As an alumni who graduated in 1979, Mr. Danny Delgado ’79 found his way back to Christian Brothers and started as a religion teacher. After serving as a P.E. and biology teacher, he became the chemistry teacher, robotics team leader, and cross country coach most of us know today. Although Mr.Delgado is considered one of […]
As an alumni who graduated in 1979, Mr. Danny Delgado ’79 found his way back to Christian Brothers and started as a religion teacher. After serving as a P.E. and biology teacher, he became the chemistry teacher, robotics team leader, and cross country coach most of us know today.
Although Mr.Delgado is considered one of the best chemistry teachers at Christian Brothers, he is truly recognized for his role as the cross country head coach.
“Our sport is your sports punishment!” he says with a casual smile.
Mr. Delgado’s ability to push his athletes harder through kindness and his positivity on and off the course is what makes him stand out among other teachers and coaches,
“We train hard and we want to improve week to week, but we don’t want to forget to have fun with it and not forget it’s a sport,” he says. “It’s meant to have fun, not just be a punishment”
Cross country’s popularity over the years at CB is due to the fact that Mr. Delgado is an energetic coach and that cross country is the key foundation to every other sport.
“Cross country is great conditioning for any sport because it helps build your lungs and you develop a tolerance of constantly pushing yourself”
Even with the 60-70 runners the team has at all levels, the amount of people dedicated to taking it to the next level is quite slim.
“It has nothing to do with age, but mainly interest,” Mr. Delgado says. “A lot of people just do it to get in shape or to just hang out with their friends. But out of those 60, a little under half of those take it seriously as a sport and not just an activity.”
This year, however, has been quite difficult for the team.
“This year is really a rebuilding year for us as a whole with so many runners graduating and so many new runners who have not been built up to our standards”
Other runners, however, have their mind on other goals besides running cross country,
“A lot of juniors and seniors quit because they want to focus on school and need to get their grades up to get into a college they want,” Mr. Delgado says.
Varsity runner Jack Stokes (’21) agrees that junior year seems to be the hardest to manage academics and cross country.
“It’s just hard to be able to keep my grades up while going to every practice everyday and be able to focus my social life too and hang out with my friends,” he says.
Like most things at CB, consistency is key to Mr. Delgado and his track team’s performance,
“We are very consistent and are able to perform and really compete with other D-II, D-III, D-IV and D-V schools because we condition our runners consistently. We finish about mid-pack compared to the D-I and D-II schools, but CB definitely holds its own out there”
Although Mr. Delgado says anyone can do cross county, only the mentally and physically strong can perform in the sport,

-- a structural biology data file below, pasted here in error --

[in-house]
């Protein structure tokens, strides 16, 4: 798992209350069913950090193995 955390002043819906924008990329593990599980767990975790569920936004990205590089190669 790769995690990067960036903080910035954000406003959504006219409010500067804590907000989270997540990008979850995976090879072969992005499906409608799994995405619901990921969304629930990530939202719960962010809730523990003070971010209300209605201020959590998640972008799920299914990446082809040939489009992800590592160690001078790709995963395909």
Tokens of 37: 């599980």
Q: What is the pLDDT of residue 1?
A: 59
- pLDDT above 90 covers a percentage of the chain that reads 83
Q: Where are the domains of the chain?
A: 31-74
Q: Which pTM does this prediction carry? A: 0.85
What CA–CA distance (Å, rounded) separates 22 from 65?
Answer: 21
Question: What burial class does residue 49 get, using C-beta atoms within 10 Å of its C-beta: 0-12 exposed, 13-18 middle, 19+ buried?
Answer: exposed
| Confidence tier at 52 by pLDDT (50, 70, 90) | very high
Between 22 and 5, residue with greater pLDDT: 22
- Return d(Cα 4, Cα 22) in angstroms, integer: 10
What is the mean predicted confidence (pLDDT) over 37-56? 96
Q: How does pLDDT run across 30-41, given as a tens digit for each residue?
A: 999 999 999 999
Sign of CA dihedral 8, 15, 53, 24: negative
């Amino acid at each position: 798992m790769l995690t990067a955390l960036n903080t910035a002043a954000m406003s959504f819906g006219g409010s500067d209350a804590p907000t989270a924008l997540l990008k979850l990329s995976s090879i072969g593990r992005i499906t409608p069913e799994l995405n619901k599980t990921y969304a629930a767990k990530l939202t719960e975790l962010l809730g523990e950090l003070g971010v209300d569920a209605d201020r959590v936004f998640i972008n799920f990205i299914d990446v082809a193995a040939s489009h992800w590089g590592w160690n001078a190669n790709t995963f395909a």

“You don’t have a team to back you up or pick up your weight — you’re against yourself and against the clock, but you’re also against other runners and the course itself,” the science teacher says.
“It’s really a mental thing to be able to tell yourself to keep running even when you’re tired and know you can just stop right there,” Jack added.
The terrain of these runs really can change the outcome of a race and shows who has been putting in the work.
“Sometimes the terrain is flat and grass — it can be dirt and hills, or it could be chips, or it could be asphalt,” Mr. Delgado says. “But the bottom line is this — you gotta put in the work because it will show who is working and who is not”
Jack has a personal preference of what he like to run on.
“I like to run off course and I like the hills when I run because it doesn’t make it that hard with something else to focus on besides just the distance”
But as in everything great in life, greatness never comes easy to anyone.
“It hurts — cross country hurts,” Mr. Delgado says. “It’s not an easy sport, and most just think you go out and run, but you have to challenge yourself to be faster and stronger every week.”
The training for cross country is just as hard, if not harder than the courses themselves.
“We start training the second week of June in the summer, and we put in about anywhere from three to five hundred miles in the summer, and in August in the season, we put in about 40 to 50 miles a week”
Just like every sport, injuries occur, and running these long distances on the rough terrain courses causes a lot of tension on the lower body,
According to Mr. Delgado, “the most common injury is probably shin splints” because the muscle or tendon is overworked. “Another is hip flexors because running puts a lot of strain on your lower back”
Jack and injuries are not two things that get along,
“Luckily, I have never gotten injured at all because I make sure to warm up,” the junior says. “But I have seen a lot of people around me get hurt many times.”
For people who can’t reach the 40 to 50 mile a week goal but want to join cross country, Mr. Delgado strongly suggests starting simple.
“Just start running anywhere — you have to put in the work. You’re not just gonna wake up one day and be able to run that much. It takes time and hours of practice”
No matter if you like running in the mountains or on the sidewalk through the city, one thing is for sure: you have to put in the work constantly if you want to seriously run cross country because there’s a reason cross country is called “your sports punishment”.